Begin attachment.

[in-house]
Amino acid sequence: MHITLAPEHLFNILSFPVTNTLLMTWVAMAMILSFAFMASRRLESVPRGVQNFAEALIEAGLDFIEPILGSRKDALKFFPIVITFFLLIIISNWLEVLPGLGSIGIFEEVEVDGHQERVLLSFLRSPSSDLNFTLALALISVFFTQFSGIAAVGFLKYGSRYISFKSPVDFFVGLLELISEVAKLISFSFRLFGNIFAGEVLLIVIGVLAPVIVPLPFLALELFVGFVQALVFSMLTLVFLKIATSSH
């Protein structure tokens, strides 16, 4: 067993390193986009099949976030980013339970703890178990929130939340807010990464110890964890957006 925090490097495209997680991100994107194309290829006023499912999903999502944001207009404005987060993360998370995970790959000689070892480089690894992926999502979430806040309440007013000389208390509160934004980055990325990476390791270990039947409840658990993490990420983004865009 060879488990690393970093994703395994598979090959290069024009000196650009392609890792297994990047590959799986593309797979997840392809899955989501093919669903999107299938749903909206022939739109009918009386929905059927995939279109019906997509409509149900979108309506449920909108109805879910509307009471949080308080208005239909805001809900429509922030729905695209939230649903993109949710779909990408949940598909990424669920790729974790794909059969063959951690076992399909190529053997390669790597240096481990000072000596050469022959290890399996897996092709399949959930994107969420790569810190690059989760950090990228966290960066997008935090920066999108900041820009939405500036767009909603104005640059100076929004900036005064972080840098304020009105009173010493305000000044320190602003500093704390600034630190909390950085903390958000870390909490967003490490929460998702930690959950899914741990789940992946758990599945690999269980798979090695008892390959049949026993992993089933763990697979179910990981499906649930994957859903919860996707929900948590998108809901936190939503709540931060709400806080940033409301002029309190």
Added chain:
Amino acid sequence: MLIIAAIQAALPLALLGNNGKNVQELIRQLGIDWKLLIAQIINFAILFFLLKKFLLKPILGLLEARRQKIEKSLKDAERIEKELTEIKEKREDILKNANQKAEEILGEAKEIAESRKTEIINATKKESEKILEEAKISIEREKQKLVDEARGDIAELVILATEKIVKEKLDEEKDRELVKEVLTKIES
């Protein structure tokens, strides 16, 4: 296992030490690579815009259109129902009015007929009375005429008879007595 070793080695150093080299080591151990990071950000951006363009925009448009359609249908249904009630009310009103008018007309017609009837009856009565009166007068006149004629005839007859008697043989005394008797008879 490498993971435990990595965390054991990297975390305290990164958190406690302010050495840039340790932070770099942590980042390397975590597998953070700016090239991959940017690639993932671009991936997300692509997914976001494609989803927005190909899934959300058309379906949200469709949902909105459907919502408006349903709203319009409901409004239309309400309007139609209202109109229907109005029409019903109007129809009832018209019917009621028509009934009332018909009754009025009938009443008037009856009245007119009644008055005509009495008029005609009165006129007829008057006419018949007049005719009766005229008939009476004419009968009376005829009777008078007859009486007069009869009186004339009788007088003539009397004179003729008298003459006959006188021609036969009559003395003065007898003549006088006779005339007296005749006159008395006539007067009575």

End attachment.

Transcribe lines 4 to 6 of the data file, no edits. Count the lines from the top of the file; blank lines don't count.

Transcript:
Added chain:
Amino acid sequence: MLIIAAIQAALPLALLGNNGKNVQELIRQLGIDWKLLIAQIINFAILFFLLKKFLLKPILGLLEARRQKIEKSLKDAERIEKELTEIKEKREDILKNANQKAEEILGEAKEIAESRKTEIINATKKESEKILEEAKISIEREKQKLVDEARGDIAELVILATEKIVKEKLDEEKDRELVKEVLTKIES
């Protein structure tokens, strides 16, 4: 296992030490690579815009259109129902009015007929009375005429008879007595 070793080695150093080299080591151990990071950000951006363009925009448009359609249908249904009630009310009103008018007309017609009837009856009565009166007068006149004629005839007859008697043989005394008797008879 490498993971435990990595965390054991990297975390305290990164958190406690302010050495840039340790932070770099942590980042390397975590597998953070700016090239991959940017690639993932671009991936997300692509997914976001494609989803927005190909899934959300058309379906949200469709949902909105459907919502408006349903709203319009409901409004239309309400309007139609209202109109229907109005029409019903109007129809009832018209019917009621028509009934009332018909009754009025009938009443008037009856009245007119009644008055005509009495008029005609009165006129007829008057006419018949007049005719009766005229008939009476004419009968009376005829009777008078007859009486007069009869009186004339009788007088003539009397004179003729008298003459006959006188021609036969009559003395003065007898003549006088006779005339007296005749006159008395006539007067009575």